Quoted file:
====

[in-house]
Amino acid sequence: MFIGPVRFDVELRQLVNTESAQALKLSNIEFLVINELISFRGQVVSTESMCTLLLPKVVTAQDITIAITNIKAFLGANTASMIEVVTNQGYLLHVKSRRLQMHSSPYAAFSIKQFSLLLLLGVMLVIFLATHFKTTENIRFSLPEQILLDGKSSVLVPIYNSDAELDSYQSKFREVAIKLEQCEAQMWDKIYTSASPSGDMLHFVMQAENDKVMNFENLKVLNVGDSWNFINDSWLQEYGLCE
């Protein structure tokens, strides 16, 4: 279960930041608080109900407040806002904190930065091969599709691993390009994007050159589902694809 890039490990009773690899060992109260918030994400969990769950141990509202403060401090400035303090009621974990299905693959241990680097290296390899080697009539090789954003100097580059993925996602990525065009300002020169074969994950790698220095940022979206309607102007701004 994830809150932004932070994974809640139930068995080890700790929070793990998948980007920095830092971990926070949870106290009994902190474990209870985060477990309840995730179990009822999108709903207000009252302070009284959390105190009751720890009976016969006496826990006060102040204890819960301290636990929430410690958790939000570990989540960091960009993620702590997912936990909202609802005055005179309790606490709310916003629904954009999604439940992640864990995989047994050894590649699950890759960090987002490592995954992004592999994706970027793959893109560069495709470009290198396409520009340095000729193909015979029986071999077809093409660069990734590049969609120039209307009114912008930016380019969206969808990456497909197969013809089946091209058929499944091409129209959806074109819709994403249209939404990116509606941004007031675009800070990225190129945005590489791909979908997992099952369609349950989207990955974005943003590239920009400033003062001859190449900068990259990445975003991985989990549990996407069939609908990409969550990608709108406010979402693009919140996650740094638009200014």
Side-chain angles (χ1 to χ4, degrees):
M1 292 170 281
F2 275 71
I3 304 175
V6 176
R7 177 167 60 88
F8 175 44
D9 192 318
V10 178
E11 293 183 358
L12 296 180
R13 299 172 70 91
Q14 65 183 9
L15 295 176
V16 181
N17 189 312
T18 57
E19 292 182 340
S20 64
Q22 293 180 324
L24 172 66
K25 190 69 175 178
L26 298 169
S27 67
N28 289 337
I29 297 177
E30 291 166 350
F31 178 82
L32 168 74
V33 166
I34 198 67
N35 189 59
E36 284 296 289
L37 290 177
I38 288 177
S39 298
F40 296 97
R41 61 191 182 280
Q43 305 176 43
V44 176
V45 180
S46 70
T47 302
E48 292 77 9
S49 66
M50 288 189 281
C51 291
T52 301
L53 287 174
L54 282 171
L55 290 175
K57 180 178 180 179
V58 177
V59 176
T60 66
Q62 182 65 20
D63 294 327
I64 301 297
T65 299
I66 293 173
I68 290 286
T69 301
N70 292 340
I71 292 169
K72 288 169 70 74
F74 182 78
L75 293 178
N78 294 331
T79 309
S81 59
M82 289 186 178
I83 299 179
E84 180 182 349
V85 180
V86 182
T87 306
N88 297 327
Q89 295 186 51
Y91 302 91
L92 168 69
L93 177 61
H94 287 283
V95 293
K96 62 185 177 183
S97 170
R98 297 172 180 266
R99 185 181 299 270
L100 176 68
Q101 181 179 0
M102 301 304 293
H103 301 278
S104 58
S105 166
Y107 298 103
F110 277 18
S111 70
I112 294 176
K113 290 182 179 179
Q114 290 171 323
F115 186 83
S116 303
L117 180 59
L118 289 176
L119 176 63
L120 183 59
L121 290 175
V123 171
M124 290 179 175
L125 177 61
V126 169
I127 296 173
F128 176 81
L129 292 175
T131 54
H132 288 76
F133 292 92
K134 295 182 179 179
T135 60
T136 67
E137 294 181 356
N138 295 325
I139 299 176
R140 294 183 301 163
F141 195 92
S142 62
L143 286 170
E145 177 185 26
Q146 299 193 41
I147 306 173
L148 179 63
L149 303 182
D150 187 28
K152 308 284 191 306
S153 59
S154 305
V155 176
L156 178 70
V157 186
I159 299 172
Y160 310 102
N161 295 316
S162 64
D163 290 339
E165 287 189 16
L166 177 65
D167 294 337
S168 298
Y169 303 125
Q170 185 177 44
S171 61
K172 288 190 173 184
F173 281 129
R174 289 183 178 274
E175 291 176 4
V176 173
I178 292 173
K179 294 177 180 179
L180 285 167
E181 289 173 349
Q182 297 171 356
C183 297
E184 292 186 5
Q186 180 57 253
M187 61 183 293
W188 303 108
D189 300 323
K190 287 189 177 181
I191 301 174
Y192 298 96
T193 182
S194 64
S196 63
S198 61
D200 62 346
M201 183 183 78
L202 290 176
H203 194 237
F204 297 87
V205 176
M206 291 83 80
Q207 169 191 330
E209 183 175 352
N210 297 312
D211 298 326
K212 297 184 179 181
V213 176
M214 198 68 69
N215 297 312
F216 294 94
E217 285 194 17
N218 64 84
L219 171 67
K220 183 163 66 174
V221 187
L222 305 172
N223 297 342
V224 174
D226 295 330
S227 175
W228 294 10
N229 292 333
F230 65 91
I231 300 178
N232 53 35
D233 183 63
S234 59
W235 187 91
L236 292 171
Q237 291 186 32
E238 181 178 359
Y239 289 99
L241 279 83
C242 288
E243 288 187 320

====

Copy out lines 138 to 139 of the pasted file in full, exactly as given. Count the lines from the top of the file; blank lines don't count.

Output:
S154 305
V155 176